Batulcar. "You are no more a Japanese than I am a monkey! Why are you dressed up in that way?"
"A man dresses as he can."
"That's true. You are a Frenchman, aren't you?"
"Yes. A Parisian of Paris."
"Then you ought to know how to make grimaces?"
"Why," replied Passepartout, a little vexed that his nationality should cause this question, "we Frenchmen know how to make grimaces, it is true - but not any better than the Americans do."
"True. Well, if I can't take you as a servant, I can as a clown. You see, my friend, in France they exhibit foreign clowns, and in foreign parts French clowns."
"Ah!""You are pretty strong, eh?"
"Especially after a good meal."
"And you can sing?"
"Yes," returned Passepartout, who had formerly sung in street concerts.
"But can you sing standing on your head, with a top spinning on your left foot, and a sabre balanced on your right?"
"Humph! I think so," replied Passepartout, recalling the exercises of his younger days.
"Well, that's enough," said the Honorable William Batulcar.
The engagement was concluded there and then.
Passepartout had at last found something to do. He was engaged to act in the celebrated Japanese troupe. It was not a very dignified position, but within a week he would be on his way to San Francisco.
The performance, so noisily announced by the Honorable Mr. Batulcar, was to commence at three o'clock, and soon the deafening instruments of a Japanese orchestra resounded at the door. Passepartout, though he had not been able to study or rehearse a part, was designated to lend the aid of his sturdy shoulders in the great exhibition of the "human pyramid," executed by the Long Noses of the god Tingou. This "great attraction" was to close the performance.
Before three o'clock the large shed was crowded with spectators, Europeans and natives, Chinese and Japanese, men, women and children, who precipitated themselves upon the narrow benches and into the boxes opposite the stage. The musicians took up a position inside, and were vigorously performing on their gongs, tam-tams, flutes, bones, tambourines and immense drums.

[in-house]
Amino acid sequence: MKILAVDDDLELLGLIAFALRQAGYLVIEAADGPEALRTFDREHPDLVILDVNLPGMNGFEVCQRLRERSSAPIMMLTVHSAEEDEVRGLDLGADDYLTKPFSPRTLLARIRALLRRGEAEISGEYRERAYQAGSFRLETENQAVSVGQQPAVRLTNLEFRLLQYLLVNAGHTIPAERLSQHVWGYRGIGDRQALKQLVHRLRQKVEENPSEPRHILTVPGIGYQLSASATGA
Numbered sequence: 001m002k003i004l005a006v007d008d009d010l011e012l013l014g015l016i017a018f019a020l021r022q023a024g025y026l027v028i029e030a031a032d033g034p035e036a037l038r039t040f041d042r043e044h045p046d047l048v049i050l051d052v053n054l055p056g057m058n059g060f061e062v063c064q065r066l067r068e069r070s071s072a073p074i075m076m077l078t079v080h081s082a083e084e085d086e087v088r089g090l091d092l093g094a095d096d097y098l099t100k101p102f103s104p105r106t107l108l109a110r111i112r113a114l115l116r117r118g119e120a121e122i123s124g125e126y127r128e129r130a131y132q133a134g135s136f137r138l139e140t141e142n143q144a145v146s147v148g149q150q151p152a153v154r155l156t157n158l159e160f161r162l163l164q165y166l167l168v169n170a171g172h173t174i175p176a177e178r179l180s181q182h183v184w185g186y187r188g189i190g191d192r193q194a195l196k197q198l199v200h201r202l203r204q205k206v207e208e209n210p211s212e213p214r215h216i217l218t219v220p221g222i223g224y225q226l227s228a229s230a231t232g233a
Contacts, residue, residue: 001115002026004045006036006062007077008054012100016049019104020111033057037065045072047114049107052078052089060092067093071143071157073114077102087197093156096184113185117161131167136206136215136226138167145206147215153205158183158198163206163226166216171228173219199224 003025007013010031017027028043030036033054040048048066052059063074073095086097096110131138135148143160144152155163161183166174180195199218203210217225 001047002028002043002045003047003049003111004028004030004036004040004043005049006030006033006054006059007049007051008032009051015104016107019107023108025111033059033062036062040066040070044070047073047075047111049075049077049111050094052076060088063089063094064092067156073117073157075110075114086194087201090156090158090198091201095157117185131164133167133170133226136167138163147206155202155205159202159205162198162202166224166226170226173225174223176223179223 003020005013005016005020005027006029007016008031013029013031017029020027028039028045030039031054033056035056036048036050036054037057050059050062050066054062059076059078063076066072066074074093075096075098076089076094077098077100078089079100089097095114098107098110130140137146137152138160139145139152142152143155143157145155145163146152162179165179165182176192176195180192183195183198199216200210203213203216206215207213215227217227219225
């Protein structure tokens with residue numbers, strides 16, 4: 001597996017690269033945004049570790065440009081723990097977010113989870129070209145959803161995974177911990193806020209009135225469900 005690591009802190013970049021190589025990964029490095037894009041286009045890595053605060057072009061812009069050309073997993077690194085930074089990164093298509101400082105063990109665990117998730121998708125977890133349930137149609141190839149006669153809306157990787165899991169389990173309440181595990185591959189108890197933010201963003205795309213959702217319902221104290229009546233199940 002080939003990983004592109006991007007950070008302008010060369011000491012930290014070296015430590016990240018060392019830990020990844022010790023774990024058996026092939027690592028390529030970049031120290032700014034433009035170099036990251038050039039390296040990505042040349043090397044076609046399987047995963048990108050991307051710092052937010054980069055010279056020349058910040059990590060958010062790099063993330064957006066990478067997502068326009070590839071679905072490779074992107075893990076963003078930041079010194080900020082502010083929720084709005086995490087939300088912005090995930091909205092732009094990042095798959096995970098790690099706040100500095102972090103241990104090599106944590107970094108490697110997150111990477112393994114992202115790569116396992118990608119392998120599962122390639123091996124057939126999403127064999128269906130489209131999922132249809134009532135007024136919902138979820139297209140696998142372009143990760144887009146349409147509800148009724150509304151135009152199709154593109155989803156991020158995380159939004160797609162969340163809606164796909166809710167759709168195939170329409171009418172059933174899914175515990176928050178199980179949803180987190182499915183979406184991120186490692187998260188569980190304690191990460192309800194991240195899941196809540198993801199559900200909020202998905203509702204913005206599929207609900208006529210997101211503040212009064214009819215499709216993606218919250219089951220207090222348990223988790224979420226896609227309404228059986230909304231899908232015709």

The performance was much like all acrobatic displays. But it must be confessed that the Japanese are the first equilibrists in the world.
One, with a fan and some bits of paper, performed the graceful trick of the butterflies and the flowers. Another traced in the air, with the odorous smoke of his pipe, a series of blue words, which composed a compliment to the audience. A third juggled with some lighted candles, which he extinguished successively as they passed his lips, and relit again without interrupting for an instant his juggling. Another reproduced the most singular combinations with a spinning-top. In his hands the revolving tops seemed to be animated with a life of their own in their interminable whirling. They ran over pipe-stems, the edges of sabres, wires and even hairs stretched across the stage. They turned around on the edges of large glasses, crossed bamboo ladders, dispersed into all the corners, and produced strange musical effects by the combination of their various pitches of tone. The jugglers tossed them in the air, threw them like shuttlecocks with wooden battledores, and yet they kept on spinning; they put them into their pockets, and took them out still whirling as before.
It is useless to describe the astonishing performances of the acrobats and gymnasts. The turning on ladders, poles, balls, barrels, etc., was executed with wonderful precision.
But the principal attraction was the exhibition of the Long Noses, a show to which Europe is as yet a stranger.
The Long Noses form a peculiar company, under the direct patronage of the god Tingou. Attired after the fashion of the Middle Ages, they bore upon their shoulders a splendid pair of wings. But what especially distinguished them was the long noses which were fastened to their faces, and the uses which they made of them. These noses were made of bamboo, and were five, six and even ten feet long, some straight, others curved, some ribboned and some having imitation warts upon them.